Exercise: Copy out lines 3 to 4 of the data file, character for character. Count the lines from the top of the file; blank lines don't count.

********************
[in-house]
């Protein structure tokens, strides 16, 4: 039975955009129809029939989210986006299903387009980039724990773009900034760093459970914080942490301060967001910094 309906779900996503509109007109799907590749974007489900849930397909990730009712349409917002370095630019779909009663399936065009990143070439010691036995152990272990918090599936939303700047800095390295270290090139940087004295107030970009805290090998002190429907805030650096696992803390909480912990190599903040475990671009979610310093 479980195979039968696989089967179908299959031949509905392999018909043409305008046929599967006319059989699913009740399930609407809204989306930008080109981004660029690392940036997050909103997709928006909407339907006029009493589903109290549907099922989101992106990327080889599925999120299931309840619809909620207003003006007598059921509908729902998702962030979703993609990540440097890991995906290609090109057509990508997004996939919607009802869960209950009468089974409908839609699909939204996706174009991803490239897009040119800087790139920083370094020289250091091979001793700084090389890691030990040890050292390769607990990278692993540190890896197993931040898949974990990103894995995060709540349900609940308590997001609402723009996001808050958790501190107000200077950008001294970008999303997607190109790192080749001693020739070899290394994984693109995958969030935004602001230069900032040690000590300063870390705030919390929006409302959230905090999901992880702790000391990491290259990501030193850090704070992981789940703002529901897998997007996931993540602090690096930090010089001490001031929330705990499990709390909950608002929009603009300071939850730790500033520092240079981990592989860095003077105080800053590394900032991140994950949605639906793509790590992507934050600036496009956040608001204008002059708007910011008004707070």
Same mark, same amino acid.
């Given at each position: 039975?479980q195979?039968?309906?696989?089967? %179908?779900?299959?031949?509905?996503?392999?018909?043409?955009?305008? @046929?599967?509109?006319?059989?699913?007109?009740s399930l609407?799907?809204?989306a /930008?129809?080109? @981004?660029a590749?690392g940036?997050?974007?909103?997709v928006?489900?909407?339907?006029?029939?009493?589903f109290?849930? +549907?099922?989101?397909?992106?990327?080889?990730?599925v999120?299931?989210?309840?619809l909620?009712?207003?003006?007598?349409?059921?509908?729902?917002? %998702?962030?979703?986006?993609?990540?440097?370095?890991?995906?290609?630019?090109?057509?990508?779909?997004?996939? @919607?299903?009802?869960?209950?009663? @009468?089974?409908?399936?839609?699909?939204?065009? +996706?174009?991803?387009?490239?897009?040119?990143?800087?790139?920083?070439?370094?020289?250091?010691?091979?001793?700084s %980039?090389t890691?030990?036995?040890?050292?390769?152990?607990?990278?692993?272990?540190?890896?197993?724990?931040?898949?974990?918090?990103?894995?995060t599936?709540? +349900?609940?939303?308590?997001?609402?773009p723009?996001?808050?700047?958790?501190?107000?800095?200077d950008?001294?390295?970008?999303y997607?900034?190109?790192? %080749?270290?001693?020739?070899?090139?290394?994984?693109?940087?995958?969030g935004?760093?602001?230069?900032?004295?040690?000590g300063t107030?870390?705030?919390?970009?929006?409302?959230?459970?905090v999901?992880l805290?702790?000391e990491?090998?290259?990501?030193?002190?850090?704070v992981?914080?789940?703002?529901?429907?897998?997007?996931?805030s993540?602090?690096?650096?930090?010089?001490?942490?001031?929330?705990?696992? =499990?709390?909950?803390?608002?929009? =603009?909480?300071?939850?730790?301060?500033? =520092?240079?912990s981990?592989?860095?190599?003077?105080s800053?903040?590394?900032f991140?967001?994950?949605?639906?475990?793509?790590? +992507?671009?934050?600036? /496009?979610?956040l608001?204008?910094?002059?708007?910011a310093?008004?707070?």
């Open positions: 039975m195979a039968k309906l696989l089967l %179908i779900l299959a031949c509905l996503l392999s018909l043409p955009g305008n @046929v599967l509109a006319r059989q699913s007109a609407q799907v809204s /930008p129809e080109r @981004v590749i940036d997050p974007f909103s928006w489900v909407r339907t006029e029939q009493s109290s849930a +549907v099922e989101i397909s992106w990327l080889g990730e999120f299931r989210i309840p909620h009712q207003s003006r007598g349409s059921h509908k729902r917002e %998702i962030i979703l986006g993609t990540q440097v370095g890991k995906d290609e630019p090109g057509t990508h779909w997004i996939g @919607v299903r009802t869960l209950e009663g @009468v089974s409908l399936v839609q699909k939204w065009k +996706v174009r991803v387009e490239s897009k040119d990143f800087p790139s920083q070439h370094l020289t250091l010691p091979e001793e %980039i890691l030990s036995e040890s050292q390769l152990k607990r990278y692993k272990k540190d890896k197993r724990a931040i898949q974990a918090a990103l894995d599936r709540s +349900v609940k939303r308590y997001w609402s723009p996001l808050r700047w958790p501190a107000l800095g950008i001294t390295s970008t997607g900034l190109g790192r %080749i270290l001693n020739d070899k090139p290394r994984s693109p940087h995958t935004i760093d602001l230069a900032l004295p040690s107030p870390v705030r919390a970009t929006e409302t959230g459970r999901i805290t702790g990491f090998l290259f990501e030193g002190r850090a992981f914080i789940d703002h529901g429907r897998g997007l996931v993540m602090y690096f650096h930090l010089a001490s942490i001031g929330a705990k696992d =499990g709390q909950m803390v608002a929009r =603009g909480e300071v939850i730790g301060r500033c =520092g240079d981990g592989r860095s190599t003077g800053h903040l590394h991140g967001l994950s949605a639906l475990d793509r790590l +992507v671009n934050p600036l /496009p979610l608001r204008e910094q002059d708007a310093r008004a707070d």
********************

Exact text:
Same mark, same amino acid.
């Given at each position: 039975?479980q195979?039968?309906?696989?089967? %179908?779900?299959?031949?509905?996503?392999?018909?043409?955009?305008? @046929?599967?509109?006319?059989?699913?007109?009740s399930l609407?799907?809204?989306a /930008?129809?080109? @981004?660029a590749?690392g940036?997050?974007?909103?997709v928006?489900?909407?339907?006029?029939?009493?589903f109290?849930? +549907?099922?989101?397909?992106?990327?080889?990730?599925v999120?299931?989210?309840?619809l909620?009712?207003?003006?007598?349409?059921?509908?729902?917002? %998702?962030?979703?986006?993609?990540?440097?370095?890991?995906?290609?630019?090109?057509?990508?779909?997004?996939? @919607?299903?009802?869960?209950?009663? @009468?089974?409908?399936?839609?699909?939204?065009? +996706?174009?991803?387009?490239?897009?040119?990143?800087?790139?920083?070439?370094?020289?250091?010691?091979?001793?700084s %980039?090389t890691?030990?036995?040890?050292?390769?152990?607990?990278?692993?272990?540190?890896?197993?724990?931040?898949?974990?918090?990103?894995?995060t599936?709540? +349900?609940?939303?308590?997001?609402?773009p723009?996001?808050?700047?958790?501190?107000?800095?200077d950008?001294?390295?970008?999303y997607?900034?190109?790192? %080749?270290?001693?020739?070899?090139?290394?994984?693109?940087?995958?969030g935004?760093?602001?230069?900032?004295?040690?000590g300063t107030?870390?705030?919390?970009?929006?409302?959230?459970?905090v999901?992880l805290?702790?000391e990491?090998?290259?990501?030193?002190?850090?704070v992981?914080?789940?703002?529901?429907?897998?997007?996931?805030s993540?602090?690096?650096?930090?010089?001490?942490?001031?929330?705990?696992? =499990?709390?909950?803390?608002?929009? =603009?909480?300071?939850?730790?301060?500033? =520092?240079?912990s981990?592989?860095?190599?003077?105080s800053?903040?590394?900032f991140?967001?994950?949605?639906?475990?793509?790590? +992507?671009?934050?600036? /496009?979610?956040l608001?204008?910094?002059?708007?910011a310093?008004?707070?």